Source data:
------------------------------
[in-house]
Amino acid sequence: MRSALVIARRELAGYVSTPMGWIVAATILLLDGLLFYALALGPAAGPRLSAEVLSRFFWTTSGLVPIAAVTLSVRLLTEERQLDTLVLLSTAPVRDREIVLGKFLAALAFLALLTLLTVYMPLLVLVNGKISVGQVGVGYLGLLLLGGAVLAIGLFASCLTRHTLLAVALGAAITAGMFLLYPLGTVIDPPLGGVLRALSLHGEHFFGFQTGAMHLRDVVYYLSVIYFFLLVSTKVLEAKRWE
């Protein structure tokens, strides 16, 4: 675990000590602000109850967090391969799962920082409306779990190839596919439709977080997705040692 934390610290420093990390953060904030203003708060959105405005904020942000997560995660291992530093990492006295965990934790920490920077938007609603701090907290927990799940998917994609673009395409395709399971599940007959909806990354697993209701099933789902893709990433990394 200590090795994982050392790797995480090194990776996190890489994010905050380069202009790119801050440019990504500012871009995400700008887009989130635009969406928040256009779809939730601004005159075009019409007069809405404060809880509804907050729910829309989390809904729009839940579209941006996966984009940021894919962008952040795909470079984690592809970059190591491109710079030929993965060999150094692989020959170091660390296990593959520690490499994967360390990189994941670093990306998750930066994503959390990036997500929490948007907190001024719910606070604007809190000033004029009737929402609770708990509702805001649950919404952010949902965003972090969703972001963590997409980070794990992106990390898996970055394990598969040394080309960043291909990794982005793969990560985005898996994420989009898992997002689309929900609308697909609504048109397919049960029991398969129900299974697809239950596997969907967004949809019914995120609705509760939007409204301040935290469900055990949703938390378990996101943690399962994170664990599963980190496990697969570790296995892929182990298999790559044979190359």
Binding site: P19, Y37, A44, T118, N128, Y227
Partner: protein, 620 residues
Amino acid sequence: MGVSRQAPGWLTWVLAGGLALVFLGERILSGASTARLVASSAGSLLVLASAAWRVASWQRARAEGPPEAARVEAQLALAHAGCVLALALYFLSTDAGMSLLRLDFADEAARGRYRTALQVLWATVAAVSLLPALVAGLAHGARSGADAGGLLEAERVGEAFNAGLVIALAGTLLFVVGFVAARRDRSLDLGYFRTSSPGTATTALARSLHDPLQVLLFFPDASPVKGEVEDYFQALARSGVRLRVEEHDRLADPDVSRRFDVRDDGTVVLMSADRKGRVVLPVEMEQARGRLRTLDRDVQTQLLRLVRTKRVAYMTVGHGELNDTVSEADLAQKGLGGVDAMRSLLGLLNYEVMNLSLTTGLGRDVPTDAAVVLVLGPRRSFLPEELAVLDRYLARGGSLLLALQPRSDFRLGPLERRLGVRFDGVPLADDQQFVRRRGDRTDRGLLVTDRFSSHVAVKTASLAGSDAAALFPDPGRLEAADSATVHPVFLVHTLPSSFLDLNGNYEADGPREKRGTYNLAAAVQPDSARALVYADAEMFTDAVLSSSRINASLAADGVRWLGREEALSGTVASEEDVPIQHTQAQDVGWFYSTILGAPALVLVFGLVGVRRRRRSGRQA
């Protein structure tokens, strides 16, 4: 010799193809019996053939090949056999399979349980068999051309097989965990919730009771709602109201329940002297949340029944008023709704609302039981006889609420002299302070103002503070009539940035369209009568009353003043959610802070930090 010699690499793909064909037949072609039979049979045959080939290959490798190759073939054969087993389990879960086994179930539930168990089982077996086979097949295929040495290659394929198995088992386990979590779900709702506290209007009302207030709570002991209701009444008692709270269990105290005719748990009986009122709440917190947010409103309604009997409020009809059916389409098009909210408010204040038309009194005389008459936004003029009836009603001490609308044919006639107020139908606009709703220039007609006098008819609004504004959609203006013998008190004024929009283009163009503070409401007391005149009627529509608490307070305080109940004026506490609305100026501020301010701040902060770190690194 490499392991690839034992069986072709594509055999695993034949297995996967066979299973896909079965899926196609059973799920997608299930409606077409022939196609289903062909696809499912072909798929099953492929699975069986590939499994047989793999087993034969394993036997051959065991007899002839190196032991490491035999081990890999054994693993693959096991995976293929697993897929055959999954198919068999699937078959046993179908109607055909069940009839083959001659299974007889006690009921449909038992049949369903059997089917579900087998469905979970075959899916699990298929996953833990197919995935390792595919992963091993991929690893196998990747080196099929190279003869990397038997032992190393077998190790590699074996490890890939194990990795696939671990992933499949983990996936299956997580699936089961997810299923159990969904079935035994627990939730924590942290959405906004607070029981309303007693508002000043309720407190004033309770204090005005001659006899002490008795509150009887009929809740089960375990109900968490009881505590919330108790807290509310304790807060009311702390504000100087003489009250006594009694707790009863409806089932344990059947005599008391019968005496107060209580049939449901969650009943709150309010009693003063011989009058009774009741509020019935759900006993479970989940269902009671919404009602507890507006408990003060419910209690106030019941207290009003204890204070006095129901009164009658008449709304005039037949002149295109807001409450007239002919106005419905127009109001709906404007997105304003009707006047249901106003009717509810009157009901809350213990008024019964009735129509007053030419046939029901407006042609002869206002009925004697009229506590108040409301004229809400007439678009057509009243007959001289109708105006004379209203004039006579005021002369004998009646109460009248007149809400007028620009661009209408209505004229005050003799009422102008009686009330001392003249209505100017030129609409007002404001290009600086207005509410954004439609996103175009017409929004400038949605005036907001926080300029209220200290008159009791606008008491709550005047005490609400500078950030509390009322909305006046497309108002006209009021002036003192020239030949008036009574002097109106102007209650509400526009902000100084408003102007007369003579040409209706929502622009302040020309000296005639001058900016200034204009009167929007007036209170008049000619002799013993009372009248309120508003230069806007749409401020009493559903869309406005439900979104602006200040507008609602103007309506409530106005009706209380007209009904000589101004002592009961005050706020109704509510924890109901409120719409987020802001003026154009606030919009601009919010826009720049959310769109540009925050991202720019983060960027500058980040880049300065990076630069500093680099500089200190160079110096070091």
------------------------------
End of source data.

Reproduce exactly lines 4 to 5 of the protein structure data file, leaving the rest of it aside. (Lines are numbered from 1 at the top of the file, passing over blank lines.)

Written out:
Binding site: P19, Y37, A44, T118, N128, Y227
Partner: protein, 620 residues